Climate change is arguably the most important issue of our times. Communicating that message, and making people aware of what they can do to combat climate change, is a major part of the solution.
A national UK Speaker Network has been set up by Peter Hale of Climate Concern UK. It is called the Climate Change Speaker Network.
Peter explained the origins and purpose of the network:
"The Network started from my realisation that a way of getting in front of decent numbers of people to speak about climate change, was to make contact with the numerous societies which book speakers for their regular meetings. I have now personally given approx 40 local talks in this way during the last two years, mainly to ‘senior’ people. I soon realised that most people who join groups and societies are retired! There is usually some good discussion.
"I had started a campaign, Climate Concern UK, in mid-2004, with the intention of helping to increase public understanding of climate change issues and the dangers of our greenhouse gas emissions. Initially, a few local contacts and I manned a stall in several town centres in the North East of England on Saturdays, but the number of people who stopped to talk were disappointingly few.
"I was also aware that some climate change campaigners had set up public meetings but that they were often poorly attended. In early 2005, the secretary of a U3A group in my own village asked me to give a talk. Unsure whether I had the nerve for public speaking, I prepared a PowerPoint-based presentation and showed this to an audience of twelve, followed by questions. This felt good and I went on to make the contacts with various local societies; Women’s Institutes, Rotary Clubs and others, finding that many were willing to book me for a talk.
"Then in early 2006, I happened across an American web site with a ‘Climate Change Speaker Network’. It hit me that I could try to set up something similar in the UK, to encourage other existing and potential speakers to obtain talks in their local communities, as well as having a listing to make it easier for anyone wanting a talk to find a local speaker. To search for speakers, I managed to obtain national publicity through some of the large environment campaign groups' newsletters; this was successful and the web site now shows over 80 speakers around the UK."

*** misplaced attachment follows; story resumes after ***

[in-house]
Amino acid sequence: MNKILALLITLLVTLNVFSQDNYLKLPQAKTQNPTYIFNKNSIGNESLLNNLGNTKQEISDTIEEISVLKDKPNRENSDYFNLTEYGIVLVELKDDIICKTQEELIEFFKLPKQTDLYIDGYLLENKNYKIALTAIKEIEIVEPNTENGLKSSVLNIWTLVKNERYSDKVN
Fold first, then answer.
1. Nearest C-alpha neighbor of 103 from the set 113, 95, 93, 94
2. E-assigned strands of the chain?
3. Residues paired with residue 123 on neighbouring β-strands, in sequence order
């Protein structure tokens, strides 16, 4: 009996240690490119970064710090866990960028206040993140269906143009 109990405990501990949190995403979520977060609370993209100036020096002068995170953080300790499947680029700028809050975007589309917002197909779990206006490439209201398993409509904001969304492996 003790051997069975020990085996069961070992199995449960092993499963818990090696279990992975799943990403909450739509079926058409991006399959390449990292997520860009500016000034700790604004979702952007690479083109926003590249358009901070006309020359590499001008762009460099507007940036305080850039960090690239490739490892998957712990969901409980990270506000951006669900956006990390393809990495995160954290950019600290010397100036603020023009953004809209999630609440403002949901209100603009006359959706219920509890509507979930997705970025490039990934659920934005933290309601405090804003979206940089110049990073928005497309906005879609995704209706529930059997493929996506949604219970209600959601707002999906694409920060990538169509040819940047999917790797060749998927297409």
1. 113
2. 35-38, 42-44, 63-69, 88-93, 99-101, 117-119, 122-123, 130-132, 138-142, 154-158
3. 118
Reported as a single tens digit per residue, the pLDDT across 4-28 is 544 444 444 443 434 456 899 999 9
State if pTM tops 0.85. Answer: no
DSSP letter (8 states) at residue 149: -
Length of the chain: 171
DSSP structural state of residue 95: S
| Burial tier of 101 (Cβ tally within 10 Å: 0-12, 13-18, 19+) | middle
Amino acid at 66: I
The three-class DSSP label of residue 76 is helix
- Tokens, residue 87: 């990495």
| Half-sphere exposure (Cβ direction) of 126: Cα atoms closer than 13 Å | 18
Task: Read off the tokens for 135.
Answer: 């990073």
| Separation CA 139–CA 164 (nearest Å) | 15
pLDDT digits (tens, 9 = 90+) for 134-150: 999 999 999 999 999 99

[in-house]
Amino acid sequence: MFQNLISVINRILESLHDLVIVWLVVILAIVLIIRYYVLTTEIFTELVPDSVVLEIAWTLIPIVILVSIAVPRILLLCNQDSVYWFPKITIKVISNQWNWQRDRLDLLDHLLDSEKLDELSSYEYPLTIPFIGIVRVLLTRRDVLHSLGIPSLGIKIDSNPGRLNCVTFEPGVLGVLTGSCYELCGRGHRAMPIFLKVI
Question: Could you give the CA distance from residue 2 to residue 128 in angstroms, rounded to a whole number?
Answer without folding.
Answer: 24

Peter’s big project at the moment is to obtain maximum publicity for the network, so that people know it exists and that speakers can be found and booked.
All the speakers can explain and discuss the main climate change issues. Some also have specialist knowledge and include environmental consultants, renewable energy specialists, naturalists, Arctic/Antarctic visitors, teachers, lecturers, Christian campaigners, writers and journalists. Audiences are invited to ask questions, make their own points, and enter into discussion.
Peter said, "I would ask anyone interested in a climate change talk or discussion, and who belongs to a group which invites speakers to their meetings, to pass on the details of the Climate Change Speaker Network to their Speaker Finder".
How do you think the Climate Change Speaker Network is tuned in to the needs of Green Seniors?
"There are many societies whose membership consists of mainly elderly people and which book speakers for their regular meetings - the Climate Change Speaker Network can be referred to for availability of local speakers. Talk content varies for different speakers"
How can individual Green Seniors become part of your network?
"Speakers have been advised of the many community groups comprising mainly older people, and have been asked to make contact with local groups, although many may not have the time to do this yet."
If you have experience in speaking to groups on environmental issues, Green Seniors would recommend that you contact the Network directly. See the website for details.
What do you think are the three most important things that an individual can do to meet the global environmental challenge?
"As it happens, I was recently asked by a lady in an elderly audience for ONE thing - I gave three. These were:
1) Over 70% of the energy used in the average home is for heating, so:
- Ensure that your building is well insulated and draught proofed.
- If you feel cool, before reaching for the heating controls, put on a thicker jumper.
- The best thing you can do to help reduce emissions related to electricity is to change to a green electricity account (see http://www.greenelectricity.org/ if you live in the UK)
2) It is vital to consider your consumption. Everything we consume generates carbon, from a flap-jack to a flight. In the one world where we live anything we consume beyond eating a healthy diet and providing warm, dry shelter is ‘luxury consumption' rather than 'necessity consumption'.
3) We need to act now."